Anthrax ToxinApril 2002 Molecule of the Month by David Goodsell
doi: 10.2210/rcsb_pdb/mom_2002_4 (PDF Version, ePub Version )
Anthrax is a household word, in spite of the fact that anthrax is not a common disease. For humans, anthrax is difficult to contract. It is not transmitted from person to person--it is usually contracted when people come into contact with infected animals or their products. But recently, anthrax has gained the potential to be a major threat through bioterrorism. It is an effective weapon because it forms sturdy spores that may be stored for years, that rapidly lead to lethal infections when inhaled.
A Lethal Combination
Anthrax is caused by an unusually large bacterium, Bacillus anthracis. Once its spores lodge in the skin or in the lungs, it rapidly begins growth and produces a deadly three-part toxin. These toxins are designed for maximum lethality, and are frighteningly effective. Part of the toxin is a delivery mechanism that seeks out cells; another part is a toxic enzyme that rapidly kills the cell. In anthrax toxin, there is one delivery molecule, termed "protective antigen" because of its use in anthrax vaccines (shown on the left from PDB entry 1acc). It delivers the other two parts, edema factor and lethal factor (center and right, from PDB entries 1k90 and 1jky), which are the toxic components that attack cells.
Keeping Deadly Company
These types of multiple-part toxins are quite common in the bacterial world because they are exquisitely effective. Many other examples, such as toxins from the bacteria that cause cholera and whooping cough, may be found in the PDB. The delivery component specifically seeks out cell surfaces and inserts the toxic component where it can do the most damage. The toxic component is far more effective than poisons like cyanide and arsenic. Those poisons attack one-on-one, with a single cyanide molecule poisoning a single protein molecule. But toxic enzymes are compact cell-killing machines. Once inside the cell, they hop from molecule to molecule, destroying each in turn. These molecules are so effective that in some cases a single molecule can kill an entire cell.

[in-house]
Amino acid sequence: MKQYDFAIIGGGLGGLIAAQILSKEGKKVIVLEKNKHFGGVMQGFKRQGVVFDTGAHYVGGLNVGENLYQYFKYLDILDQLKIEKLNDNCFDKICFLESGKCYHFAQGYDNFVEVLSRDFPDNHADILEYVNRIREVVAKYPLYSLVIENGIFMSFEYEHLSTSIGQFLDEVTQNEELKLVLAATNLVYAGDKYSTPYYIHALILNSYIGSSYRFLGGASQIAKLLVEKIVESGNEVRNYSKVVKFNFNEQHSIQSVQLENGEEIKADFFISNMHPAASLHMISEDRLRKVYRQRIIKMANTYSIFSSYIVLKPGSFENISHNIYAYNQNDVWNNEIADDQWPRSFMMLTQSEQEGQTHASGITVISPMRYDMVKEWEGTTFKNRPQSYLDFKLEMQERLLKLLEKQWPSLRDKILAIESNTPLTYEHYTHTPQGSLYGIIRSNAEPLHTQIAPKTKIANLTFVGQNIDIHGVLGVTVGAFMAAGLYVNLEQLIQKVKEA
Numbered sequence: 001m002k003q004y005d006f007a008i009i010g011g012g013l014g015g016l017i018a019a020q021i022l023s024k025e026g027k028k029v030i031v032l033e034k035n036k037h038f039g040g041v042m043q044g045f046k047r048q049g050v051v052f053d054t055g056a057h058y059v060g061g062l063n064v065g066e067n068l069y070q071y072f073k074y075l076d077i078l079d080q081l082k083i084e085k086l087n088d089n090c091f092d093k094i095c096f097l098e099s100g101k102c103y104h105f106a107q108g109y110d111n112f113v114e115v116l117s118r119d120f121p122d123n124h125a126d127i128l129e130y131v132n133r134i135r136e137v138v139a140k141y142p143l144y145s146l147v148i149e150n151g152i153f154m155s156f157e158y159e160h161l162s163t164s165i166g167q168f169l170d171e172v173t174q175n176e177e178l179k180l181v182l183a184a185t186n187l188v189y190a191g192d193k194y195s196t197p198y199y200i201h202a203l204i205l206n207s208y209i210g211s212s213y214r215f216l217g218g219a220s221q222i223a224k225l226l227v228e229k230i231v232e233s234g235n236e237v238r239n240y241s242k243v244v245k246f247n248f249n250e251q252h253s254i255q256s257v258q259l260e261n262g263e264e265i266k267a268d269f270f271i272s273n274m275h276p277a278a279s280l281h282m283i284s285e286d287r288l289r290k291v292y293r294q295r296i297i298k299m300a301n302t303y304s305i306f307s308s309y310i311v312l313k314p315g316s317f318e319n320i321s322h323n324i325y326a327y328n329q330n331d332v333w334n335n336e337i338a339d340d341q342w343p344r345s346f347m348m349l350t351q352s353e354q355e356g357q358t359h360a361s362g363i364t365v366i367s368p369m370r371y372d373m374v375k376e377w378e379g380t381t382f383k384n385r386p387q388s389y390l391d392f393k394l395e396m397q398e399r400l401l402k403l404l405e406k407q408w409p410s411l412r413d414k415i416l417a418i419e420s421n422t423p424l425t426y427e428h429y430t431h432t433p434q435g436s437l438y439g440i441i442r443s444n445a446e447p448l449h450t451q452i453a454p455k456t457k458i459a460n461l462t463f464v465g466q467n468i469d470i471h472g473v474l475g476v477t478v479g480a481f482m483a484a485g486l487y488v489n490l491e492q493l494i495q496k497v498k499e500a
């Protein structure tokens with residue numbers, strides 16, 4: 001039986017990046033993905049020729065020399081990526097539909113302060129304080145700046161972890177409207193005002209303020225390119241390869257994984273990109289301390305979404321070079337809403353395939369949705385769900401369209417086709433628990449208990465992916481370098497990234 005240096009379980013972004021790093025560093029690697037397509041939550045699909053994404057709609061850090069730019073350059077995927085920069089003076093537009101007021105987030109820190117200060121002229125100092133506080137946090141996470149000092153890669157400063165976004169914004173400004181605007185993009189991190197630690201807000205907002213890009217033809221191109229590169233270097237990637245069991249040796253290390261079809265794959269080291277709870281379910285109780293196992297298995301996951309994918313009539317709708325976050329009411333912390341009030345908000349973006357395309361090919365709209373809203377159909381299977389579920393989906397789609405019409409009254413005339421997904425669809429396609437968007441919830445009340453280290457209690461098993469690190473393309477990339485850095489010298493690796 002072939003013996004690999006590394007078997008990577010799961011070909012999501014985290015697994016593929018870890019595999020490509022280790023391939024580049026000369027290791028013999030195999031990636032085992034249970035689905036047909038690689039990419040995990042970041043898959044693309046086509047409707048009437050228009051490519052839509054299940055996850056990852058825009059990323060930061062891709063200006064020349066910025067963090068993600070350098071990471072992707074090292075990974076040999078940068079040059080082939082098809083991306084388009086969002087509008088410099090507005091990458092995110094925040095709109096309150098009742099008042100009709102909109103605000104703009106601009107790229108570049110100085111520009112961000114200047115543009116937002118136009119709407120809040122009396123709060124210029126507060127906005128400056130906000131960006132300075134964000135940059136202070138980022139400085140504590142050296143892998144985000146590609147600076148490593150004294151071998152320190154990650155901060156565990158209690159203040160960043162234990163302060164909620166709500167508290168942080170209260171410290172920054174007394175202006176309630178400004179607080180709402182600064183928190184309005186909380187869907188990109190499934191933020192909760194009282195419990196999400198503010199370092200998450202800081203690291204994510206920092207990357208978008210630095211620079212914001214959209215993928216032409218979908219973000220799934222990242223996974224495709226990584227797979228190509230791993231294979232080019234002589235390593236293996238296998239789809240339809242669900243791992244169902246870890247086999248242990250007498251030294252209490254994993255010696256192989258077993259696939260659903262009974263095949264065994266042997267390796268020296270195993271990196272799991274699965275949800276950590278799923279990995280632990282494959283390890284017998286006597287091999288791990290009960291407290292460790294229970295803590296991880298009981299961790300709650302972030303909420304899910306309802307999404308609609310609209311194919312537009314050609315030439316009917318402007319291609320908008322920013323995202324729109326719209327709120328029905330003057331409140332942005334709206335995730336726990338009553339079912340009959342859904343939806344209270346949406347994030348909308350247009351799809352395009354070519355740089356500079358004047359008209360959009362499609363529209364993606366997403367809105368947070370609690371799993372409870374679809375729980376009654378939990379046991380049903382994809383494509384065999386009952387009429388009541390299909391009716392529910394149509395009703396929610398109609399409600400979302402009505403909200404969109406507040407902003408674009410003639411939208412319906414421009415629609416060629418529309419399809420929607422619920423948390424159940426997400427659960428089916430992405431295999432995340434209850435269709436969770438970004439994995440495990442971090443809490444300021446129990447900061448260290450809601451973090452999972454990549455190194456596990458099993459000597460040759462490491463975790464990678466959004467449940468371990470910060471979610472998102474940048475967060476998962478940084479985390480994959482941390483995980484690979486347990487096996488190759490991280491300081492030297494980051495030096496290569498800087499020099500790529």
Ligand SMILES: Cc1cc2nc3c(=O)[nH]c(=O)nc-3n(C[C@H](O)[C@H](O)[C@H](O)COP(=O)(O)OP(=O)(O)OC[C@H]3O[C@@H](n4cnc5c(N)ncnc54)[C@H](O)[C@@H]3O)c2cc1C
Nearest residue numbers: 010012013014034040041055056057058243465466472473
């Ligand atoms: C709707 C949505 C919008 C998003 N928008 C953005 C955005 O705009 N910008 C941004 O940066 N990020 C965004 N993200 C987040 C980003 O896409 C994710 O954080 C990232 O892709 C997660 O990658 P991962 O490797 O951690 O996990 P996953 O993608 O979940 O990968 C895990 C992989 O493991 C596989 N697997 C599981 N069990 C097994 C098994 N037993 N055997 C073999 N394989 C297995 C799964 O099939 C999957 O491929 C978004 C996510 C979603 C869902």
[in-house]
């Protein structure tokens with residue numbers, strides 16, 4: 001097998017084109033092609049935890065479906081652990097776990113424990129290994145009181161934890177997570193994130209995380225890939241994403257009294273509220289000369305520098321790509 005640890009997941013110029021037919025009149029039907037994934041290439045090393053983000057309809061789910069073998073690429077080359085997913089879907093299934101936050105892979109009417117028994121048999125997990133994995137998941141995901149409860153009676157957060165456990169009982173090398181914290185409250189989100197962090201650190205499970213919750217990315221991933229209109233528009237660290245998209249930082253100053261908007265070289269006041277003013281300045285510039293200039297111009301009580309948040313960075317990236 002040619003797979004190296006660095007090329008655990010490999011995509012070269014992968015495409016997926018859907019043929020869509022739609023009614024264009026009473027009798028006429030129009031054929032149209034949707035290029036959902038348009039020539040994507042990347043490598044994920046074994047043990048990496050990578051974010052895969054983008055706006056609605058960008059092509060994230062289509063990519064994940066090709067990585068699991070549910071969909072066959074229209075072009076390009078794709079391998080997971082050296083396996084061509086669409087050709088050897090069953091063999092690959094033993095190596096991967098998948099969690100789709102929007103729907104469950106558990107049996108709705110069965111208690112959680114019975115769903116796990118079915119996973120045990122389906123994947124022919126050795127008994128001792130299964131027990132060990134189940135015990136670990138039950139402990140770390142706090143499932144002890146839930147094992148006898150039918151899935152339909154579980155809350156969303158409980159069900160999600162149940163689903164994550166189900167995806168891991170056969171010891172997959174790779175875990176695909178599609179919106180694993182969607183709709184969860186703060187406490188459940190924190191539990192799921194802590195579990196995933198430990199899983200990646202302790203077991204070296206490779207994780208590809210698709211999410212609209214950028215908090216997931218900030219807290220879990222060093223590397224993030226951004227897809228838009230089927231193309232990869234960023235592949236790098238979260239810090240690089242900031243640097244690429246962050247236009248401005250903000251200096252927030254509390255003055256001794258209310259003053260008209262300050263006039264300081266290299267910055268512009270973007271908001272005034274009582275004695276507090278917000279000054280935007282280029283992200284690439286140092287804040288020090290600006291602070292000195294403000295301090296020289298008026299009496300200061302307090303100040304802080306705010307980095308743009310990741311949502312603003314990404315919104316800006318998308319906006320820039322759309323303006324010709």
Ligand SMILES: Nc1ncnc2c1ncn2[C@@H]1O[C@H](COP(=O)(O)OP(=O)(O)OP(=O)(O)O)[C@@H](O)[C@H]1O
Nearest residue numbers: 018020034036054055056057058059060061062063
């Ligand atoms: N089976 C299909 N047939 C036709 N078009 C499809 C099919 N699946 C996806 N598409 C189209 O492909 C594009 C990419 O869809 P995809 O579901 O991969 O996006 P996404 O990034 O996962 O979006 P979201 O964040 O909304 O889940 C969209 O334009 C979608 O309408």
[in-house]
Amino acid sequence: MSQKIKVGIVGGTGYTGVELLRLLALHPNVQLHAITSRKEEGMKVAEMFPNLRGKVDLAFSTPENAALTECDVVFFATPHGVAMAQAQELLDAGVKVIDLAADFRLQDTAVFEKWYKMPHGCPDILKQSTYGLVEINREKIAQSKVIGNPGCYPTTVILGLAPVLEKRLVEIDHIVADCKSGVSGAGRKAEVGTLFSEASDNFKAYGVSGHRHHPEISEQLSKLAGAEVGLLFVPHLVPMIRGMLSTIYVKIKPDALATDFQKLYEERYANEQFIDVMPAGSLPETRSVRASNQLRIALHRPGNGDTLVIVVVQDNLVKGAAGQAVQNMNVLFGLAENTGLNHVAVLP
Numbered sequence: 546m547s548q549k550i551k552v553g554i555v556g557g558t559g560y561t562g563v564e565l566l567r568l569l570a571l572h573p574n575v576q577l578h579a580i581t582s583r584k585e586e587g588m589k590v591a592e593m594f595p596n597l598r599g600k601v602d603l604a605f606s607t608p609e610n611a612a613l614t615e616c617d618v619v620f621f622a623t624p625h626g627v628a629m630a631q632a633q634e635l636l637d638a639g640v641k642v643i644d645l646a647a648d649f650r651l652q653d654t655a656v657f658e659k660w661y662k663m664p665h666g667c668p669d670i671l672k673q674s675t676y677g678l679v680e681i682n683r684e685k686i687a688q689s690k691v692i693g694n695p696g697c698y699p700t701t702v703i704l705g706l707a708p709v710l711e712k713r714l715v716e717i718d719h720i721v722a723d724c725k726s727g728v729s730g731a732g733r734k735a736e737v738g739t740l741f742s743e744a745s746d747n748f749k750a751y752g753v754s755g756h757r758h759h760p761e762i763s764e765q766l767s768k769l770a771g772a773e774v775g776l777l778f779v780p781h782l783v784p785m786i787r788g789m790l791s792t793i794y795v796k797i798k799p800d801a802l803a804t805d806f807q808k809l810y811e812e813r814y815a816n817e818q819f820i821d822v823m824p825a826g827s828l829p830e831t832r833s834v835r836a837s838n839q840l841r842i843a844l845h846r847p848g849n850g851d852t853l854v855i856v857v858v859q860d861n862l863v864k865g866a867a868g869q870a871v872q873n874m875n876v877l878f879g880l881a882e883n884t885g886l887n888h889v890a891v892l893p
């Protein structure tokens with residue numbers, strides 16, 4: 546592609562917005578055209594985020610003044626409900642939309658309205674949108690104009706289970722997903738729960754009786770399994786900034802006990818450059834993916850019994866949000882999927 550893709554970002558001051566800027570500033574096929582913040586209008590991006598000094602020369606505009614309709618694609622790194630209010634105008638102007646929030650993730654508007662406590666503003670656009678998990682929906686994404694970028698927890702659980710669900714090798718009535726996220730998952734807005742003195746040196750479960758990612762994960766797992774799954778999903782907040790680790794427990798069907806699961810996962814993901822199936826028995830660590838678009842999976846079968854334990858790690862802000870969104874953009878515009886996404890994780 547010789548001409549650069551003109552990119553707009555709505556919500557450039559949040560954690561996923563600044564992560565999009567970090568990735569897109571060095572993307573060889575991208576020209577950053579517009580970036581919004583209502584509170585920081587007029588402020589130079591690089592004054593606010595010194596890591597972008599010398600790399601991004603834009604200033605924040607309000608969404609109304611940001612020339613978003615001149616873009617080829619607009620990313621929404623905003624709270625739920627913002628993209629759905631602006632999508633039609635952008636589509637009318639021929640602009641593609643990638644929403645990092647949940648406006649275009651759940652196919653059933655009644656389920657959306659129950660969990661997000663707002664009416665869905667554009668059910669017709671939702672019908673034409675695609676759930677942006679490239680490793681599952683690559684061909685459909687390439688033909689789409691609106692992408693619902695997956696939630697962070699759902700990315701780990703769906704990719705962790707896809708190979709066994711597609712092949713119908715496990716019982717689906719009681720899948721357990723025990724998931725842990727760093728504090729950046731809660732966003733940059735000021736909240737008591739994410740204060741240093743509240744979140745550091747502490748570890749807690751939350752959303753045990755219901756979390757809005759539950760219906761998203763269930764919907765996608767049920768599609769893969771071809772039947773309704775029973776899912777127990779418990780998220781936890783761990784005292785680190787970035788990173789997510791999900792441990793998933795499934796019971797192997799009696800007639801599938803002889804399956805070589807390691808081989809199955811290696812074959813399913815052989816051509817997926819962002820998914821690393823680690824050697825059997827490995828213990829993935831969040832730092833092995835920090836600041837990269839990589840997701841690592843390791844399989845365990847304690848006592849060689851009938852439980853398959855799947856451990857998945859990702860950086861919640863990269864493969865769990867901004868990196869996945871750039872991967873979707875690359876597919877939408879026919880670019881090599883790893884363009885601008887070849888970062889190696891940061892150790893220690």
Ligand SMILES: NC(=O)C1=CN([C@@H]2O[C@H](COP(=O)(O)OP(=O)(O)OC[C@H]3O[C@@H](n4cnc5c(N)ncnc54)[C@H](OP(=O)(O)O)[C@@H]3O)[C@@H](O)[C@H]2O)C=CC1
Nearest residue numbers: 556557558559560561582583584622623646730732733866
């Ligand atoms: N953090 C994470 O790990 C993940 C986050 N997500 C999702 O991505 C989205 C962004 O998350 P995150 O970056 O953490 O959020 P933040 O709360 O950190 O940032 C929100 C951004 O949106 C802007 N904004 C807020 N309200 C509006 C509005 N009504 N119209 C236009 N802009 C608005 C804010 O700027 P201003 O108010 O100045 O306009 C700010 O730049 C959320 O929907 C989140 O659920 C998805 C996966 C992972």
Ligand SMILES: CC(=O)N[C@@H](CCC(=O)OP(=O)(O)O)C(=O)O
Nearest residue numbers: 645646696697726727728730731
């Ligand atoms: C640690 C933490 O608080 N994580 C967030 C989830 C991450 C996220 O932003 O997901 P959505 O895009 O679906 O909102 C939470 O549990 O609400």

The protective antigen is the delivery mechanism of anthrax toxin. The bacteria secrete it as a single chain, as shown on the left from PDB entry 1acc. The protein then finds a cell surface and binds to it. A human protease on the surfaces of cells then clips off a small piece, colored blue here, arming the mechanism. It then combines with six other copies of the protein to form a seven-sided ring, as seen on the right from PDB entry 1tzo. This ring binds firmly to the cell surface and is thought to extend loops into the membrane, forming a pore. The other two parts of the toxin then bind to the ring and are carried into the cell.
Lethal Factor and Edema Factor
The two toxic components of anthrax toxin
are both enzymes that attack the signalling functions of the cell. Once
they are delivered inside by the protective antigen, they set to work.
The edema factor (shown on the left) is an adenyl cyclase enzyme. It
takes ATP (in green) and clips off two phosphates, reconnecting the
remaining one back in a small loop to form cyclic AMP. Cyclic AMP is an
important messenger in cells, often used to relay messages that are
sent by hormones. For instance, a rise in cyclic AMP in response to
adrenaline can cause an increase in heart rate. Edema factor floods the cell with
cyclic AMP, destroying the careful balance normally
achieved by hormones.
Lethal factor (shown on the right) attacks at another sensitive spot. It is a very specific protease that makes a cut in several similar mitogen-activated protein kinase kinases. In the illustration, a small segment of this target is shown in green, bound in the active site of the toxin. These kinases are essential steps at the end of another signalling pathway which is important in cell growth and proliferation. The lethal factor destroys this control by disabling one key step in the chain of messsages.
Exploring the Structure
The edema factor is activated once it gets inside cells by binding to calmodulin, a protein that is very common in our cells. The factor is shown before activation on the left in PDB entry 1k8t and after activation on the right in PDB entry 1jky. Notice how calmodulin, shown in yellow, opens up the edema factor, making the active site more available. It also shifts the placement of two key loops, shown in purple. In the unactivated form, one of these loops hangs down away from the active site and the other is disordered, as indicated by the purple dots on its right side. In the activated form, these two loops hold ATP tightly, forming part of the active site that will convert it to cyclic AMP.
Information on Anthrax Toxin
Dixon, T.C., Meselson, M., Guillemin, J. and Hanna, P.C. (1999): Anthrax. New England Journal of Medicine 341, pp. 815-826.
Inglesby, T.V., et al. (1999): Anthrax as a Biological Weapon. Journal of the American Medical Association 281, pp. 1735-1745.
© 2013 David Goodsell & RCSB Protein Data Bank